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Three things to remember when you write a marketing plan

October 18th, 2007 · 5 Comments · Marketing, Strategy

Three Last week we explored how to set a marketing budget and in that post, I emphasized that every marketing budget should be tied to a measurable marketing plan. So it makes sense that we should talk a little about some key do’s and don’t’s in creating your marketing plan.

Do less, but do it better:  Most business owners make the mistake of being too ambitious with their marketing efforts.  Which results in starting many things, but never doing them consistently and well. 

You’re much better off to do fewer things but do them more often and better.

Balance your audiences:  It’s a natural urge to invest all of your marketing resources on getting new clients.  But, that’s shortsighted.  The two most important audiences are your employees and your current customers.  Be sure your marketing plan gives them enough attention.

At least half your budget and effort should be aimed at these two critical groups of people.

Don’t put all your eggs in one basket:  One of your goals should be to deliver a business’ key messages through a variety of mediums.   No matter how much you believe in word of mouth, direct mail, e-newsletters or an interactive website – don’t land on any one medium.

Stack up impressions by varying the media that carries your message.

What do’s and don’t’s would you add to this list?

Related posts:
~ Could you get to Cleveland without a map?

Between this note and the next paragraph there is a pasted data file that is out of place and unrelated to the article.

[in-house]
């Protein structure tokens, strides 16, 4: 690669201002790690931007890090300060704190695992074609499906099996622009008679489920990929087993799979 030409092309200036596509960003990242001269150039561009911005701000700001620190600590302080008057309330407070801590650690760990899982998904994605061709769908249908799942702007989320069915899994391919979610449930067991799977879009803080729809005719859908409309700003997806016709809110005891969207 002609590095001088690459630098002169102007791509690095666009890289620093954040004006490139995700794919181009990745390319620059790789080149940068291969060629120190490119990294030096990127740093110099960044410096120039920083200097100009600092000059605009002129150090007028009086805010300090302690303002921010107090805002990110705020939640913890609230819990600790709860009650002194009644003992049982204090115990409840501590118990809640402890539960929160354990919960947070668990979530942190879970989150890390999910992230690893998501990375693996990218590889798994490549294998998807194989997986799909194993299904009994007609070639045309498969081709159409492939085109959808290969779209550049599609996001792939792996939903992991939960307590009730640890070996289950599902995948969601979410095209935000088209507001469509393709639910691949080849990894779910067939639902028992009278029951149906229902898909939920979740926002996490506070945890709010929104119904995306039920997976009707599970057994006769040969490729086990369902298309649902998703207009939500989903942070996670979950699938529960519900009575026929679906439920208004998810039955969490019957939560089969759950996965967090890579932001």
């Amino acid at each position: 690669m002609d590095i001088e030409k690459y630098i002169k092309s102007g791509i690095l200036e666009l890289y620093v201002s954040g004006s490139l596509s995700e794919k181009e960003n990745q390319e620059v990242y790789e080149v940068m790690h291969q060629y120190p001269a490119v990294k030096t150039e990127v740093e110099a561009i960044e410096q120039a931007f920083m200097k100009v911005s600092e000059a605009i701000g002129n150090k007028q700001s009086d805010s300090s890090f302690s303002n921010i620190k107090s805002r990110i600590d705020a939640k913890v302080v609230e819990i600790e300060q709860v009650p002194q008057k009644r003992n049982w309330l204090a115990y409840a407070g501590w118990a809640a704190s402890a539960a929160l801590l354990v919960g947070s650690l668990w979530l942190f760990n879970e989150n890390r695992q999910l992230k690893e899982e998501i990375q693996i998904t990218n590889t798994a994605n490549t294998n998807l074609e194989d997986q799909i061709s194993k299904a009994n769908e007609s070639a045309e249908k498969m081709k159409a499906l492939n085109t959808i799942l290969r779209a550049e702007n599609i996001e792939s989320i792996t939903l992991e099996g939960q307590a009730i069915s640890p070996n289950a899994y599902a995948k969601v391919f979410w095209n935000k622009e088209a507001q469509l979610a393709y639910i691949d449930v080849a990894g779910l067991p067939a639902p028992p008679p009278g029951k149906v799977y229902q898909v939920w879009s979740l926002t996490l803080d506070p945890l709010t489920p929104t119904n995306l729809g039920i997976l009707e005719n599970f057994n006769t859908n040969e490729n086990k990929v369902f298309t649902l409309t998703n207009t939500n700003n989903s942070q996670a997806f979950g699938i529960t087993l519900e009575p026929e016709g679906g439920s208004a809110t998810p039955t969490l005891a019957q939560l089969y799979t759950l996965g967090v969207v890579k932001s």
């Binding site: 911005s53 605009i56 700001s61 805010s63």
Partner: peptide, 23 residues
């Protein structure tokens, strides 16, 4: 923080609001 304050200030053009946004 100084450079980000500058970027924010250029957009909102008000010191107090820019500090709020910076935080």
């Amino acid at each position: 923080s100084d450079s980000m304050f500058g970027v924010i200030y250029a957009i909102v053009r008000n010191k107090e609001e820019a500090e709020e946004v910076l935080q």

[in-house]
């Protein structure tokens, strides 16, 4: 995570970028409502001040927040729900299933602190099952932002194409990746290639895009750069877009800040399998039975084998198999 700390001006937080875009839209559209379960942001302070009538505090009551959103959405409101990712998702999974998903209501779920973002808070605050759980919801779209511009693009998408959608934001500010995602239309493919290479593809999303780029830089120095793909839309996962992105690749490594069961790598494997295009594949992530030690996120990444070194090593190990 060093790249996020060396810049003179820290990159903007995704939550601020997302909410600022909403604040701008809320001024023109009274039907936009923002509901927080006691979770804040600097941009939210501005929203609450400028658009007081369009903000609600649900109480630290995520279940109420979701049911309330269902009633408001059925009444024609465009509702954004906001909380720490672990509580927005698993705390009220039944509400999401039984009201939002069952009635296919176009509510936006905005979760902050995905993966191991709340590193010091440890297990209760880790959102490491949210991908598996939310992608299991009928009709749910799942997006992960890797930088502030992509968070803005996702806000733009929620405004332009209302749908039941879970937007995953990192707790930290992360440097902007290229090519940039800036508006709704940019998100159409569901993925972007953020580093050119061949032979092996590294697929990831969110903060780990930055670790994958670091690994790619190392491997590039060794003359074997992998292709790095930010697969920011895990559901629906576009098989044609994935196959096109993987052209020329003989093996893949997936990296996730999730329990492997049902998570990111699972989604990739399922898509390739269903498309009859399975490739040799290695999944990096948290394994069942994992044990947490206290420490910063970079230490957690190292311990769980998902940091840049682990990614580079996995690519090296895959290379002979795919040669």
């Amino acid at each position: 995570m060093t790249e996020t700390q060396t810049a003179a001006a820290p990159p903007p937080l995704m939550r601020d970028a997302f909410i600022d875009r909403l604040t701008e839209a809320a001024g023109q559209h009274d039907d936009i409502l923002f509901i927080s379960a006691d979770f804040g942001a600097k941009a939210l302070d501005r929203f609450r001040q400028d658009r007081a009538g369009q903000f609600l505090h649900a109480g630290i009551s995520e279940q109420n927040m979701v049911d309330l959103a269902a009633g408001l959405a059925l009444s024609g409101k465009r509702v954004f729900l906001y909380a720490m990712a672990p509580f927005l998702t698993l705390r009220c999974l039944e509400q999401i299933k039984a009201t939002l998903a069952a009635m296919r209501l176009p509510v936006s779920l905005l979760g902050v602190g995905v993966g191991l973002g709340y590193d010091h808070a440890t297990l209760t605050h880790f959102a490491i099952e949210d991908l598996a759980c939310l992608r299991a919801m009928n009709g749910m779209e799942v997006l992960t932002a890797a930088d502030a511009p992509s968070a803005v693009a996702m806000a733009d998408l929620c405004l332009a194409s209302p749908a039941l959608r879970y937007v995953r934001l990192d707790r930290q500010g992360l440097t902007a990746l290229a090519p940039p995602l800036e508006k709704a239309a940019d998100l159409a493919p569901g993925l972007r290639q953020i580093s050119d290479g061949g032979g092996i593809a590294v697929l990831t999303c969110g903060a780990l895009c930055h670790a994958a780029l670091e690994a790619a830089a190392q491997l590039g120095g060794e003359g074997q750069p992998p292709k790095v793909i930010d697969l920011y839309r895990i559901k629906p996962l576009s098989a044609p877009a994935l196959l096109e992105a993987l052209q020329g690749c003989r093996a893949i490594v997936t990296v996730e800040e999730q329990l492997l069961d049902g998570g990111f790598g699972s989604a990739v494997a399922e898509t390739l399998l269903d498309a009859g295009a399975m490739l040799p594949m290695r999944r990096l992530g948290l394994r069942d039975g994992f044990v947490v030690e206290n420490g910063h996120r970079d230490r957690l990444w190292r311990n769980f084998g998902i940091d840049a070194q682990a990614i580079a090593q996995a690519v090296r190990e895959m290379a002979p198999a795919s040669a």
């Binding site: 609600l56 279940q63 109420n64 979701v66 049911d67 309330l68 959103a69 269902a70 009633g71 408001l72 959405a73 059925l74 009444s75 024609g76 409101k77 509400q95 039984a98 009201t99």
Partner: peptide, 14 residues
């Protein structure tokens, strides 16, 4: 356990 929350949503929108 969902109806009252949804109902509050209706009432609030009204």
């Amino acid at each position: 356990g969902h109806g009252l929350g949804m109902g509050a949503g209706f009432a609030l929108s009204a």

~ Marketing isn’t about shortcuts
~ SWOT = your annual check up

5 Comments so far ↓

  • kathryn milette

    As an example of your recommendation of not to put all your eggs in one basket, I recently analyzed the advertising revenue financials for a pharma company that yeilded some interesting results. They advertised on google, on a health care website, and in the paper. There were different margins for each medium. Despite the fact that google had a far greater audience, actual purchases (thru click thrus) happened much less frequently, and the margins for those that purchased were half that of the other mediums. Acutally, the pharma company got the best ROAI from the paper. But would I advocate putting all ad spend in the paper? No way. That is a short term financial boost but a long term brand loser.

  • Drew McLellan

    Kathryn,

    Your example is right on point. Using a blended media plan allows us to take advantage of each media’s strongest attributes and balance their weaknesses.

    The other important point of your example is you need to check the numbers. We can’t rely on our gut reactions. By tracking performance, we can tweak the mix until its just right.

    Thanks for sharing your story.

    Drew

  • Mark Alford

    Its amazing how common sense is still common sense no matter how many times an din how many different ways it is written down, told or explained!

  • Lana

    Good points! But I think that “variety of mediums” should be strictly based on the target audience, not just to include “another medium in the list”.

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